The “Matilda for grown-ups” comparisons are true: this Australian premiere burrows all the way down into the depths of despair and climbs triumphantly back out again, all within two snappy acts.
As per the classic 1993 film starring Bill Murray, Groundhog Day takes place on a very big day in a very small Pennsylvanian town. Each year on February 2, a large rodent emerges from his burrow to predict when winter will end. The Olivier Award-winning and Tony Award-nominated Andy Karl stars as Phil Connors, the jaded weatherman who gets sucked into a time loop covering the perky celebration over and over (and over) again.
A musical adaptation of a film about becoming a better person runs the risk of feeling twee. However, Tim Minchin’s zingingly clever lyrics and Danny Rubin’s gutsy book take the essence of the film and wring out considerably more depth and grit to give the musical its own more mature personality.
What would you really do if you were trapped repeating the same average-at-best day forever? Groundhog Day takes this premise and stretches it to all its thorny extremes, and isn’t afraid to get dark as hell in the process.
This is a musical that fully embraces its format, combining unabashed theatrics with some A-grade scumbag antics and moments of heart wrenching depression from Phil. Each scene takes things a step further than expected, whether that be into malarkey or melancholia, and is all the better for it.
Andy Karl’s performance as Phil is nothing short of superb. A true master of his craft, Karl (who originated the role eight years ago, and remains the only actor to ever play this version of Phil – save for some understudies) injects nuance into each ‘new’ day, leaving us somehow rooting for Phil, notwithstanding his abhorrent behaviour. His energy and pathos shows no signs of waning as he clocks an incredible amount of stage time. There’s abundant discourse surrounding the issue of flying in overseas actors for Aussie productions – why not give our local talent a chance to shine? In this case, we’re calling it: Karl gets a pass. (And the remainder of the cast, filled out entirely by local actors, firmly hold their own.)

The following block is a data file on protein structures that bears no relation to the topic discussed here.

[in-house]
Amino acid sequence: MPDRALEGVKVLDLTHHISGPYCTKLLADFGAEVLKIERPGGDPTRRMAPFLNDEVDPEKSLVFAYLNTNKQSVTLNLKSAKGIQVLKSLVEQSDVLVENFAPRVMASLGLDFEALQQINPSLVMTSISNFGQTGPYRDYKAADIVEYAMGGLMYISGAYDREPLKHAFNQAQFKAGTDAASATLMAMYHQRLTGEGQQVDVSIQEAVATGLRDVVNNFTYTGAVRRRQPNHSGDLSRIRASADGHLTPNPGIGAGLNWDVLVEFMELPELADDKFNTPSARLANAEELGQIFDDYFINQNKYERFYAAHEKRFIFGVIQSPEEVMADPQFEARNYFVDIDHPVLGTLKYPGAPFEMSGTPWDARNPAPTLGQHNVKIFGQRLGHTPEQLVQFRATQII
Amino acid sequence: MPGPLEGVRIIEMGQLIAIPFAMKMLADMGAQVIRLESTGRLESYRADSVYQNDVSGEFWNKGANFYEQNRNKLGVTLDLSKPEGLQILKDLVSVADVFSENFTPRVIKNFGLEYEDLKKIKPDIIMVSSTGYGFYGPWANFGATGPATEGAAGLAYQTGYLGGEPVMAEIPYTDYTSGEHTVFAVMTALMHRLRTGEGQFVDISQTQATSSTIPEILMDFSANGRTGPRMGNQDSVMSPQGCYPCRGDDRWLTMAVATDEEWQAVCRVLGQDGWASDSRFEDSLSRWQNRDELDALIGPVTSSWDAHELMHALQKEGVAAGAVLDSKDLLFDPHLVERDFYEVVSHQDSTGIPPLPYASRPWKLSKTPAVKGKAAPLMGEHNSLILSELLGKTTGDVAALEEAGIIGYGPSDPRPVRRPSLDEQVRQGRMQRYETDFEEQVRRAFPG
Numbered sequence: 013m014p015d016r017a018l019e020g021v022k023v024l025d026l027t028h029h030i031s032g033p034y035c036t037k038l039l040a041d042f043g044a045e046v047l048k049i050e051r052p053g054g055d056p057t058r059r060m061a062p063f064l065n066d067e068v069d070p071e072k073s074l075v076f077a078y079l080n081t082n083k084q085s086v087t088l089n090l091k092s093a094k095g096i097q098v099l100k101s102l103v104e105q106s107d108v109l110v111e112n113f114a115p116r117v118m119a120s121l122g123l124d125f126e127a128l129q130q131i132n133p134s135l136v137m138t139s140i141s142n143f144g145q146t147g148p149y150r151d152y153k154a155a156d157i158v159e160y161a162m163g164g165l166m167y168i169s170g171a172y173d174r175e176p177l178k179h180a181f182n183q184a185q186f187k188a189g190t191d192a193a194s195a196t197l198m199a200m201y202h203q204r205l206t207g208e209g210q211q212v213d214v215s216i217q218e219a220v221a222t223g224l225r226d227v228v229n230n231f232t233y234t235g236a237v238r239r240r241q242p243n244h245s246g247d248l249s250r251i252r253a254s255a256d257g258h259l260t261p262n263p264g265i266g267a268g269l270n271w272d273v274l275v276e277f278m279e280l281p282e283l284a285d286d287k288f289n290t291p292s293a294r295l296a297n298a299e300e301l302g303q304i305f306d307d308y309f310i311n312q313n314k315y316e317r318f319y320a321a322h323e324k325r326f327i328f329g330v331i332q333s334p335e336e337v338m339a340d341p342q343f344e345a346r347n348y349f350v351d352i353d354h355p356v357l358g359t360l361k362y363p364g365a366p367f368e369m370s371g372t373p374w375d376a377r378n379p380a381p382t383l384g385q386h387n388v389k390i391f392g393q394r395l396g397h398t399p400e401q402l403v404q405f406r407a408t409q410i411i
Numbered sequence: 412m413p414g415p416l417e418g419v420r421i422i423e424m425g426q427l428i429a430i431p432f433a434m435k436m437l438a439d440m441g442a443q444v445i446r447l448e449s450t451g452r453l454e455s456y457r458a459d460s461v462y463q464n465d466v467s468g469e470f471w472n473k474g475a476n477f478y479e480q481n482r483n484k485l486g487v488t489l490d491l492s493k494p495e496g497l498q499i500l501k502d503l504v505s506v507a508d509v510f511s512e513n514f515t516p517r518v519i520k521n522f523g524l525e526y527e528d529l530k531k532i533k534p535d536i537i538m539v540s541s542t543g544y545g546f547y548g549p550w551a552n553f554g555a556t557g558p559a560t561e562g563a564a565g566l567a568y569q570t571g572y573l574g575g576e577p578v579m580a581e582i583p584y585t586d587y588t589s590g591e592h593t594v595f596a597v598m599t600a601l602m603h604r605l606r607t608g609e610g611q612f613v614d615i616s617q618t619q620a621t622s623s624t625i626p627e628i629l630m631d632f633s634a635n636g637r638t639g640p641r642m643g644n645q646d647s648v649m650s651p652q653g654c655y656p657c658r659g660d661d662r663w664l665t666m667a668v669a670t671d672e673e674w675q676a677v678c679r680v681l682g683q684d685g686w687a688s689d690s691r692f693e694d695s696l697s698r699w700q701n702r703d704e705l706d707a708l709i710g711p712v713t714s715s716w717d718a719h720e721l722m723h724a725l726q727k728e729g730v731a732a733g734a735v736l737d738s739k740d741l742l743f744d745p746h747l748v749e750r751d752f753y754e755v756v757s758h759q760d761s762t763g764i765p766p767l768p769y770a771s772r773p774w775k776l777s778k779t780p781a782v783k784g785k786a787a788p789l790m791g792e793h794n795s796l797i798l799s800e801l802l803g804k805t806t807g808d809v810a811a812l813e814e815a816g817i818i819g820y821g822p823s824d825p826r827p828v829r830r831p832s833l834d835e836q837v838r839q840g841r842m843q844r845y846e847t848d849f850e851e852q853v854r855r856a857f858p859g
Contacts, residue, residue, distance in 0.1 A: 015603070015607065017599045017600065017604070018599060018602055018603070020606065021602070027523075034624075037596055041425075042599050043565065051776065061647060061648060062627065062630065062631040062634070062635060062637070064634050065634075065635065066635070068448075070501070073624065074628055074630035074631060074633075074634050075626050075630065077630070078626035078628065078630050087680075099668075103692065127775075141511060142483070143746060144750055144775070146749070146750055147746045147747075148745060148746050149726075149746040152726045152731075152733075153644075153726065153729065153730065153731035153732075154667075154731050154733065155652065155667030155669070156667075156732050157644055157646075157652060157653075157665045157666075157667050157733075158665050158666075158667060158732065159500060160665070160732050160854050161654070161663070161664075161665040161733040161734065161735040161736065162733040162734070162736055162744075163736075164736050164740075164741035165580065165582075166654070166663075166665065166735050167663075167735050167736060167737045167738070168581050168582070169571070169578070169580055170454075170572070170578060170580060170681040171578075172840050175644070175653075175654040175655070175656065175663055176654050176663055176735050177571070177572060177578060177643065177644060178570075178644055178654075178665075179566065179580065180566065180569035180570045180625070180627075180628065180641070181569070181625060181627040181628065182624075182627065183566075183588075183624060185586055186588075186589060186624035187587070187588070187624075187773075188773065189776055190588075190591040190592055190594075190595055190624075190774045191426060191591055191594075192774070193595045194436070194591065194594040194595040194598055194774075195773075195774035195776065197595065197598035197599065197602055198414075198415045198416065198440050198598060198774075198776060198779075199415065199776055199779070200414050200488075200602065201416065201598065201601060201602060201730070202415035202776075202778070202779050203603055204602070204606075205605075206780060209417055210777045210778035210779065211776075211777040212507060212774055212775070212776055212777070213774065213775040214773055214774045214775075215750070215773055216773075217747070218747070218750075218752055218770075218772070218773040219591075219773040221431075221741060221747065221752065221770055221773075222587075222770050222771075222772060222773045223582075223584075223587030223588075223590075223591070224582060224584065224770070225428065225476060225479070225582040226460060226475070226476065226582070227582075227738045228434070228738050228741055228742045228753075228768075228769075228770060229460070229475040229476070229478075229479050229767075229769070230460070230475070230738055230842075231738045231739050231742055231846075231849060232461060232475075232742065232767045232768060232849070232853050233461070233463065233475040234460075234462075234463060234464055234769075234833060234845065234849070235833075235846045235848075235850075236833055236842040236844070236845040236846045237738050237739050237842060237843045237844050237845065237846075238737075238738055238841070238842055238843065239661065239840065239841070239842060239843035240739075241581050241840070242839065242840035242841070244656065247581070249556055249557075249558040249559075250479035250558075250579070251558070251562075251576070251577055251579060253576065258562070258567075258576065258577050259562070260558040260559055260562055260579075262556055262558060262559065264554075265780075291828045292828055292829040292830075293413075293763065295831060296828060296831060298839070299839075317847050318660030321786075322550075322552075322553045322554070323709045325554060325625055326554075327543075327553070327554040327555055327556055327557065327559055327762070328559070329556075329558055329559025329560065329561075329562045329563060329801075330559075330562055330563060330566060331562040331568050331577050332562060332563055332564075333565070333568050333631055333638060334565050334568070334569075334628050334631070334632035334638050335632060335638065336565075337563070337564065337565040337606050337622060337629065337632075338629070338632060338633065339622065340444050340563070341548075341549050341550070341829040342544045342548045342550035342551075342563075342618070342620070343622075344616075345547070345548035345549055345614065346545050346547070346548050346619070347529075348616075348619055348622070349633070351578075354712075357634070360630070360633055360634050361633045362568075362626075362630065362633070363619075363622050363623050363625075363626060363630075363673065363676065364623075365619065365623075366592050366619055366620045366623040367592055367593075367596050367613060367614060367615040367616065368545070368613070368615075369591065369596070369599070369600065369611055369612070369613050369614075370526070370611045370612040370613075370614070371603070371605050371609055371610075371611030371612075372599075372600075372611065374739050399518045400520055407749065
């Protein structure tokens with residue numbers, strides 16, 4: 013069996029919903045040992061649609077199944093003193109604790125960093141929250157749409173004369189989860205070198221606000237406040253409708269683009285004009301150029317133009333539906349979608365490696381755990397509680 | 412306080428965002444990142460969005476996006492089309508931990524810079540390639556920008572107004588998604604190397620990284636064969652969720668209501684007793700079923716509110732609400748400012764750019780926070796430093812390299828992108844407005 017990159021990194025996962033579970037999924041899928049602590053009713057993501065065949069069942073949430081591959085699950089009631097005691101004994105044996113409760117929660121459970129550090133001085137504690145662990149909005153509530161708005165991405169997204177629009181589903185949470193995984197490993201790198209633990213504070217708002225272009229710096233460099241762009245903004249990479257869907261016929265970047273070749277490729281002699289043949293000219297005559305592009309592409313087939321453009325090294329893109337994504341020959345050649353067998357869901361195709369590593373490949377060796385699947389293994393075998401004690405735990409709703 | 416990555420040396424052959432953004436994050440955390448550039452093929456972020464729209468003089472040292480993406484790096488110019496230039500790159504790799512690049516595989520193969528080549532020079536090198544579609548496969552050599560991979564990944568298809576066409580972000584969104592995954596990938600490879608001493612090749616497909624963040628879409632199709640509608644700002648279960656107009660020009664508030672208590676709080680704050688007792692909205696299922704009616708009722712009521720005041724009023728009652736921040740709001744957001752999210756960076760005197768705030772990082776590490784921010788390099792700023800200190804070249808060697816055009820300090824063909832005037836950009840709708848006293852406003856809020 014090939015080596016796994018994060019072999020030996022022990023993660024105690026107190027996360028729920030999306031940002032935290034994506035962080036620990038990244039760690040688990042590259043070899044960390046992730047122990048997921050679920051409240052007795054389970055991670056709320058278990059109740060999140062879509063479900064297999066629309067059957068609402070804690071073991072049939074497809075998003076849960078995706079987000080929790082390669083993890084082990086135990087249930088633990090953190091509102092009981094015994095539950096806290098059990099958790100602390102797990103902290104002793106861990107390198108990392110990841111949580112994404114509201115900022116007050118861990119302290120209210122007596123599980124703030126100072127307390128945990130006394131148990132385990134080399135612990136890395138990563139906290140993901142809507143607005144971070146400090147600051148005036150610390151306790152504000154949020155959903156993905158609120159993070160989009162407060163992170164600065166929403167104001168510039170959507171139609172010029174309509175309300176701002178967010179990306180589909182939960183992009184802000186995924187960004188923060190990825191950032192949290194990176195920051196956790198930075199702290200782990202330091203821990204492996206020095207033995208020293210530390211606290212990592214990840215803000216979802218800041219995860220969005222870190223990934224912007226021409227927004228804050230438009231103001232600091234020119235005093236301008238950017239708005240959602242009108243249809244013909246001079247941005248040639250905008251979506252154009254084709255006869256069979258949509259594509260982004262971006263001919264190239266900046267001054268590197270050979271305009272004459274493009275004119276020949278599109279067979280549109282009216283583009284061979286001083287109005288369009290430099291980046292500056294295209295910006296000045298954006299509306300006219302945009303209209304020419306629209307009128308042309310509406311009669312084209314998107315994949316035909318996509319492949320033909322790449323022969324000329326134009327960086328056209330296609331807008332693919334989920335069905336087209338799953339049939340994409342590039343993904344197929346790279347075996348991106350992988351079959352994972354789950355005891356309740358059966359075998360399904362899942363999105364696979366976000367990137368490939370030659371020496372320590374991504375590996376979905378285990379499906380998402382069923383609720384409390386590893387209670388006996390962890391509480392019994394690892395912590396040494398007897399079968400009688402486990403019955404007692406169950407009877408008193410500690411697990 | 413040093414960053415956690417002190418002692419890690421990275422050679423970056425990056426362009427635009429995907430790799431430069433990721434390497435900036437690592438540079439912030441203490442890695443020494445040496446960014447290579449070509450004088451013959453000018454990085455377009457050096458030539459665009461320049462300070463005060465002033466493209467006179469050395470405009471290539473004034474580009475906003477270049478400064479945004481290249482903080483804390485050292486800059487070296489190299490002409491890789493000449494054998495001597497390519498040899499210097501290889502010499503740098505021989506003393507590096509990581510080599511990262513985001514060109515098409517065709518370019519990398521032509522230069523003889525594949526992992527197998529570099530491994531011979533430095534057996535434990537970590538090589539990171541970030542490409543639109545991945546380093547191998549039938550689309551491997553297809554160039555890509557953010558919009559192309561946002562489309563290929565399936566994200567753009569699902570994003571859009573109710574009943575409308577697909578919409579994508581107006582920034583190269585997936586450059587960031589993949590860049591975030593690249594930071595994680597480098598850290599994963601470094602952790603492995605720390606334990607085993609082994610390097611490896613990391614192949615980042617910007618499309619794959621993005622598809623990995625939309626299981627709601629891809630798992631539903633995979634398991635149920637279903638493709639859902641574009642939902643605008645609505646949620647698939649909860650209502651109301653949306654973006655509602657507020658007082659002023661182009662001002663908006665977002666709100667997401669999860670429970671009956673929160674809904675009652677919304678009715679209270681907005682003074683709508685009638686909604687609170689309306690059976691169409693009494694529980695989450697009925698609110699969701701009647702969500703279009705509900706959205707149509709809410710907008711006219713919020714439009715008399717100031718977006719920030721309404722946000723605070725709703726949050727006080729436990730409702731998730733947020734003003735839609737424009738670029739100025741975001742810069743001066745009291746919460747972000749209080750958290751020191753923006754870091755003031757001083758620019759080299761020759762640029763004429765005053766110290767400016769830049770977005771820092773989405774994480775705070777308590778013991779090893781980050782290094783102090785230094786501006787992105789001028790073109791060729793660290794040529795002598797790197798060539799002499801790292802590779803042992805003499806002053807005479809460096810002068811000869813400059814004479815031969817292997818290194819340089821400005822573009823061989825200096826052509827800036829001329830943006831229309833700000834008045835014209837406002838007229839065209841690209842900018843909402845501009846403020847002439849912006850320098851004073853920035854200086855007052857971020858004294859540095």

Local legend Elise McCann keeps pace with the Broadway legend, playing sensible television producer and Phil’s love interest Rita Hanson, straight off the back of a season in Mamma Mia! The Musical at the same theatre. McCann’s rendition of the ‘not your princess’ anthem ‘One Day’ renders her Rita as a complex character who has more to give than being merely a target for Phil’s affections.
A strong ensemble cast ensures the supporting characters are doing more than just spurring Phil’s personal growth, with probing songs from insurance salesman Ned Ryerson (Tim Wright) and blonde bombshell Nancy (Ashleigh Rubenach), both highlights.
Perhaps the greatest wins for Groundhog Day are its ingenious use of repetition and its inventive stagecraft. Musicals rely on the concept of a reprise, but this is different. The power here comes not from simple reruns but from brilliant near-rhymes, key changes and genre-spanning reinterpretations of the small town theme.
The playful stagecraft keeps us guessing. There’s just so much going on, especially with copious silly props. Think pill bottles and snapping gloves used as additional percussion and selfie sticks placing the story firmly in the present day. The car chase scene is particularly creative and the illusions during the sardonically titled ‘Hope’ had the audience taking a few seconds to process what they’d seen before the gasps and roars set in.
Overall, Groundhog Day is a movie to musical adaptation gone so very right. The first act signs the deal, but it’s in the second that it’s truly sealed and delivered. Phil Connors comes across as such an asshole that redeeming him is a tough ask, yet the production pulls it off.
This brand of macabre humour is ripe for an Australian audience, as demonstrated by a swift and unanimous ovation. Is Groundhog Day moralistic? Sure. But its redemption arc clearly has audiences invested and we could probably all use a dose of hope (with a heavy hint of wit) right now. And as for why Andy Karl would want to live out his own personal time loop reprising this role? We get it.
Groundhog Day is playing at the Princess Theatre for a strictly limited 13-week season. This production is a Melbourne exclusive and won’t be travelling interstate. Tickets are on sale now and you can get yours here.